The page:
INFLUENCES: Fixed income portfolio managers still bearish. (RT survey was back down 1 point to 40% bullish. I need to see this number closer to 50% to turn negative on bonds.) Specs are now long 87k T-note contracts (versus a long position of 45k last week), which is negative. The 'smart money' commercials are still long a bullish 157k contracts (pretty much unchanged from last week's 155k). The Commitment of Traders data is overall neutral at this point. Bonds are in corrective mode, the long term trend is still positive. Market seasonals are negative going forward.

RATES: US Long Bond futures closed at 113-31, pretty much unchanged on the week, while the yield on the US 10 year bond was up 1 bp to 4.27%. My bias remains positive. The market tested and held the 4.30% resistance level in 10s so it was able to retain its positive bias. Until those levels are convincingly broken, I consider this setback as a buying opportunity in a bull market. Until positions and sentiment become less bearish, the dips will be shallow and the market will continue to power to lower yields. Month-end term extension and the early week data should provide support for the market. Increased expectations for payrolls in conjunction with portfolio positions should cushion the negative impact of a high Payroll number. The Canada - US 10 year spread was unchanged at -2 basis points. We are officially neutral on this spread at this point. Dec05 BA futures closed the week 81 basis points through Dec05 EuroDollar futures, which was out another 15 basis points from last week's close. At 62 it was an official trade recommendation to buy EDZ5 to sell BAZ5. A weakening Canadian dollar should provide support for this spread to narrow. The belly of the Canadian curve was 2 bps wider to the wings last week, but the belly is still cheap. Selling Canada 3.25% 12/2006 and Canada 5.75% 6/2033 to buy Canada 5.25% 6/2012 was at a pick-up of 54 basis points. As the curve continues to flatten, the belly should continue to outperform. Assuming an unchanged curve, considering a 3-month time horizon, the total return (including roll-down) for the Canada bond maturing in 2012 is the best value on the curve. In the long end, the Canada 8% bonds maturing on June 1, 2023 continue to look like very good value.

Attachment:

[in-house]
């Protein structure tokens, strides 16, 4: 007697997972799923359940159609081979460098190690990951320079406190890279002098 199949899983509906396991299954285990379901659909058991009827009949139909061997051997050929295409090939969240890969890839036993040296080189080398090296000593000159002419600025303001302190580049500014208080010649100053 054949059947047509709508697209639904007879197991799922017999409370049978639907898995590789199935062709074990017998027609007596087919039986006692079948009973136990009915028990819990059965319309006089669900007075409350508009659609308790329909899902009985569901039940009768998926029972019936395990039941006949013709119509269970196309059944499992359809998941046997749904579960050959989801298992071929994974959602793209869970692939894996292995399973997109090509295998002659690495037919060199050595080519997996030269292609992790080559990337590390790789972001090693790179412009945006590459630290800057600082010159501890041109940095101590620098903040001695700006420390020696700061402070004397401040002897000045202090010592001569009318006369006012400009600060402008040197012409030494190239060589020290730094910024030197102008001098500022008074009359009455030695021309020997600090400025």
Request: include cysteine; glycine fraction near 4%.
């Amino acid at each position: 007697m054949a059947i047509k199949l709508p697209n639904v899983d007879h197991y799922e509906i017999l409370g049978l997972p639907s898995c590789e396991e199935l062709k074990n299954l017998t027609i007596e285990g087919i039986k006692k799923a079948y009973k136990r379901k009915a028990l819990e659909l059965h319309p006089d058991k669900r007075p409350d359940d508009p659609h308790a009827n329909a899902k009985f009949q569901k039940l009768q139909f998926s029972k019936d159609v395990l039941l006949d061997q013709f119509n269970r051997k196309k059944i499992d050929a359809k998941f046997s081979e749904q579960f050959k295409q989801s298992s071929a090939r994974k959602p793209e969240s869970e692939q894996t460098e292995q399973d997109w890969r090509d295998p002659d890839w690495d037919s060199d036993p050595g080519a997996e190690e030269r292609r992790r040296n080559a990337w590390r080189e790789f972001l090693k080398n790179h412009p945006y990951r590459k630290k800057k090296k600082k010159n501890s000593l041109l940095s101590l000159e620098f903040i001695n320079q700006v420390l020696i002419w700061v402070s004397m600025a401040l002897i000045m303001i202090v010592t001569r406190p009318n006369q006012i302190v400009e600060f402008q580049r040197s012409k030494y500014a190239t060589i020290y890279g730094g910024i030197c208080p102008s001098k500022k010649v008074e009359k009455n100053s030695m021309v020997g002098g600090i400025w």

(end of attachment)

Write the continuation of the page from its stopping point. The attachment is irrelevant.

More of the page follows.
CORPORATES: Corporate bond spreads were stable last week. Long TransCanada Pipeline bonds were unchanged at 110, while long Ontario bonds were out 2.5 to 49.0. A starter short in TRAPs was recommended at 102 back in February 2004. Credit spreads are still excessively tight; there is loads of room to the wider side. Quality corporates should be favoured over lower rated issues.

BOTTOM LINE: I remain positive on bonds. The US front end is stuck in the mud. Liquidity is still excessive and the Fed continues to talk tough. An overweight position in the belly of the curve is still recommended for Canadian accounts. Short exposure for the corporate sector was advised since February 2004. Sell BAZ5 to buy EDZ5 at a pick-up of 62 bps or better was recommended a few weeks back.


 

Levente Mady

Author: Levente Mady

Levente Mady,
Institutional Advisors